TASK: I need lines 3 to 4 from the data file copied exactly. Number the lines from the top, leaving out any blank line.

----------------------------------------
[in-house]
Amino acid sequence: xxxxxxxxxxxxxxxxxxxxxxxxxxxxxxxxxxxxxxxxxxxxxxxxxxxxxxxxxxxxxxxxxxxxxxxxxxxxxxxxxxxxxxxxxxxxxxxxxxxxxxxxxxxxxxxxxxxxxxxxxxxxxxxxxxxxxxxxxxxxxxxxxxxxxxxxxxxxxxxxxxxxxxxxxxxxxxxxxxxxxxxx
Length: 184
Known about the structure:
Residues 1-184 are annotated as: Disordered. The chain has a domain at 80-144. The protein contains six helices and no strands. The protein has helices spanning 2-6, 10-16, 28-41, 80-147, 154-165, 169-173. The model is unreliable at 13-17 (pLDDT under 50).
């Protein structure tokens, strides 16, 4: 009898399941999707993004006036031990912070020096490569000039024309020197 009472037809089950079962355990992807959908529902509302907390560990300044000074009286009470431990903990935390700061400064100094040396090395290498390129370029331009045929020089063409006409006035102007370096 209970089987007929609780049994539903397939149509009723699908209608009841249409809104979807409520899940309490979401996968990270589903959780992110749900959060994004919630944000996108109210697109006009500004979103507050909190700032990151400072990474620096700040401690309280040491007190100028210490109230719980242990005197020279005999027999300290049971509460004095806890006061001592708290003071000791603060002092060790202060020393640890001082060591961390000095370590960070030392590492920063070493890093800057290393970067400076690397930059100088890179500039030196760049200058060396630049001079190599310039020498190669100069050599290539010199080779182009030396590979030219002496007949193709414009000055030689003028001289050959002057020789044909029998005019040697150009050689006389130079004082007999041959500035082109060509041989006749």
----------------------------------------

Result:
Length: 184
Known about the structure: